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JEDDAH: A futuristic Saudi megacity is to feature two skyscrapers extending across a swathe of desert and mountain terrain, according to the latest disclosures on the project by the kingdom's de facto ruler.

The parallel structures of mirror-encased skyscrapers extending over 170 kilometres (more than 100 miles), known collectively as The Line, form the heart of the Red Sea megacity NEOM, a plank of Crown Prince Mohammed bin Salman's bid to diversify the Gulf state's oil-dependent economy.

First announced in 2017, NEOM has consistently raised eyebrows for proposed flourishes like flying taxis and robot maids, even as architects and economists have questioned its feasibility.

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In a presentation Monday night, Prince Mohammed sketched out an even more ambitious vision, describing a car-free utopia that would become the planet's most liveable city "by far".

Analysts noted, though, that plans for NEOM have changed course over the years, fuelling doubts about whether The Line will ever become reality.

NEOM, a biotech and digital hub spread over 26,500 square kilometres (10,000 square miles), was once touted as a regional "Silicon Valley".

Now it's a vehicle for reimagining urban life on a footprint of just 34 square kilometres, and addressing what Prince Mohammed describes as "liveability and environmental crises".

"The concept has morphed so much from its early conception that it's sometimes hard to determine its direction: scaling down, scaling up, or making an aggressive turn sideways," said Robert Mogielnicki of the Arab Gulf States Institute in Washington.

Population boom

Officials had earlier said NEOM's population would top one million, but Prince Mohammed said the number would actually hit 1.2 million by 2030 before climbing to nine million by 2045.

The eye-popping total is part of a hoped-for nationwide population boom that Prince Mohammed said would be necessary to make Saudi Arabia, the world's biggest crude exporter, an economic powerhouse.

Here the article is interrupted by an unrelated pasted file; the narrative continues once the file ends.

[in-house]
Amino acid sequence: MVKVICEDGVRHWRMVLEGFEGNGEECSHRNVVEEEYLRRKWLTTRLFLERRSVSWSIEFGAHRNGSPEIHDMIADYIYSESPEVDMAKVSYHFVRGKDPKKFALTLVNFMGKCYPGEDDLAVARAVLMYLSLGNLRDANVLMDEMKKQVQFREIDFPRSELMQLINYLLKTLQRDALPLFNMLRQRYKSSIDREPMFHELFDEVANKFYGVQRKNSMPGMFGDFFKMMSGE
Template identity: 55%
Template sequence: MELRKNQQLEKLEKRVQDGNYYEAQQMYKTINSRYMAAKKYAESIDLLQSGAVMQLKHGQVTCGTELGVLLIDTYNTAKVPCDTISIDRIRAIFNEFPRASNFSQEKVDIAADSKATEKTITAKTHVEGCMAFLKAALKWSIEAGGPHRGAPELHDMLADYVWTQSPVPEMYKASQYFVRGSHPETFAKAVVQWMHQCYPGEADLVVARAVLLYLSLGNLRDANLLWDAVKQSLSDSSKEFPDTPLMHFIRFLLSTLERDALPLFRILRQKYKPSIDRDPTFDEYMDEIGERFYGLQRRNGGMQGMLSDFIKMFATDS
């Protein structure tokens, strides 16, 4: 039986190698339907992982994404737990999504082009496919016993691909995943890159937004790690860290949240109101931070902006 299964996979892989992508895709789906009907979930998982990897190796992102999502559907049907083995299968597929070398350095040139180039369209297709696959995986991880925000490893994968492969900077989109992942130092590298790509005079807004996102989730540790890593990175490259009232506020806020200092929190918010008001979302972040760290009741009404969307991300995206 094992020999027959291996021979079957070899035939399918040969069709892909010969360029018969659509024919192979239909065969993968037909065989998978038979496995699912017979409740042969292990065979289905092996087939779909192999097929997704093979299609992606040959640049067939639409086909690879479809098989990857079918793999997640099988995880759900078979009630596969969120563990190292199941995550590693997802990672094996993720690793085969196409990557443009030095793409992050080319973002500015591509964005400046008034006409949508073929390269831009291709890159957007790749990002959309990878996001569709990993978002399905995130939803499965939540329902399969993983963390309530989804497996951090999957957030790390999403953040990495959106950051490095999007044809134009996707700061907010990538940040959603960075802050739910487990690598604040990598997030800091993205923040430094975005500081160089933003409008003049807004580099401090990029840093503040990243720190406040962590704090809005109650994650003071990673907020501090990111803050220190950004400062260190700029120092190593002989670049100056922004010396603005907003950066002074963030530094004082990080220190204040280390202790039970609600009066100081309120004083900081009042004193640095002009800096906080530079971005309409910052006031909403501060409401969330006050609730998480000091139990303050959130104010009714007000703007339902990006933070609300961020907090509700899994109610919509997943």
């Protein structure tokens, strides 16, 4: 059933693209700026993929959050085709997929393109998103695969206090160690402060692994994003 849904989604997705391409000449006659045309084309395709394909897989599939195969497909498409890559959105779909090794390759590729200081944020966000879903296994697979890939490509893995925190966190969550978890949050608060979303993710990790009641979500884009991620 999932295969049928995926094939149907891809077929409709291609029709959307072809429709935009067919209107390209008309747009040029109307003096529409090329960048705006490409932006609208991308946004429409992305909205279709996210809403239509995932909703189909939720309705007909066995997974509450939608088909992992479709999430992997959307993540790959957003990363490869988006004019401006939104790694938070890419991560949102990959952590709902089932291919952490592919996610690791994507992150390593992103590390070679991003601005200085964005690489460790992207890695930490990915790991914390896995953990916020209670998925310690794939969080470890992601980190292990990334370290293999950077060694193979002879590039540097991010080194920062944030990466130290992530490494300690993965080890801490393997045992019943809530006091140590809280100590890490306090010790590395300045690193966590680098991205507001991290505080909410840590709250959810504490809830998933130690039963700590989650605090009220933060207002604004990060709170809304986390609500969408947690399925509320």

The goal for 2030 is to have 50 million people -- half Saudis and half foreigners -- living in the kingdom, up from roughly 34 million today.

By 2040 the target is 100 million people, he said.

"That's the main purpose of building NEOM, to raise the capacity of Saudi Arabia, get more citizens and more people in Saudi Arabia. And since we are doing it from nothing, why should we copy normal cities?"

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The site will be powered by 100 percent renewable energy and feature "a year-round temperate micro-climate with natural ventilation", a promotional video released Monday said.

Past environmental pledges by the kingdom, such as a vow to achieve net zero carbon emissions by 2060, have sparked scepticism from environmentalists.

NEOM is well-positioned to harness solar and wind energy, and plans are also afoot for the city to host the world's largest green hydrogen plant, said Torbjorn Soltvedt of risk intelligence company Verisk Maplecroft.

"But the feasibility of NEOM as a whole is still unclear given the unprecedented scale and cost of the project," he said.

Finding funds

At just 200 metres (yards) wide, The Line is intended to be Saudi Arabia's answer to unchecked and wasteful urban sprawl, layering homes, schools and parks on top of each other in what planners term "Zero Gravity Urbanism".

Residents will have "all daily needs" reachable within a five-minute walk, while also having access to other perks like outdoor skiing facilities and "a high-speed rail with an end-to-end transit of 20 minutes", according to a statement.

Though NEOM will operate under its own founding law, which is still being prepared, Saudi officials say they have no plans to waive the kingdom's alcohol ban.

An airport is already operational at NEOM, and authorities announced in May it would begin receiving regular flights from Dubai, but it is unclear whether major construction of the megacity itself has commenced.

The "first phase" of the project, lasting until 2030, will cost 1.2 trillion Saudi riyals (roughly $319 billion), Prince Mohammed said.

Besides government subsidies, potential sources of funding include the private sector and an initial public offering for NEOM expected in 2024, he said.

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Securing the necessary financing remains a potential challenge, though the current climate is more favourable than during the coronavirus pandemic that lowered oil prices.

"But funding is only part of the equation demand is harder to buy, especially when you're asking people to be part of an experiment on living and working in the future," Mogielnicki said.

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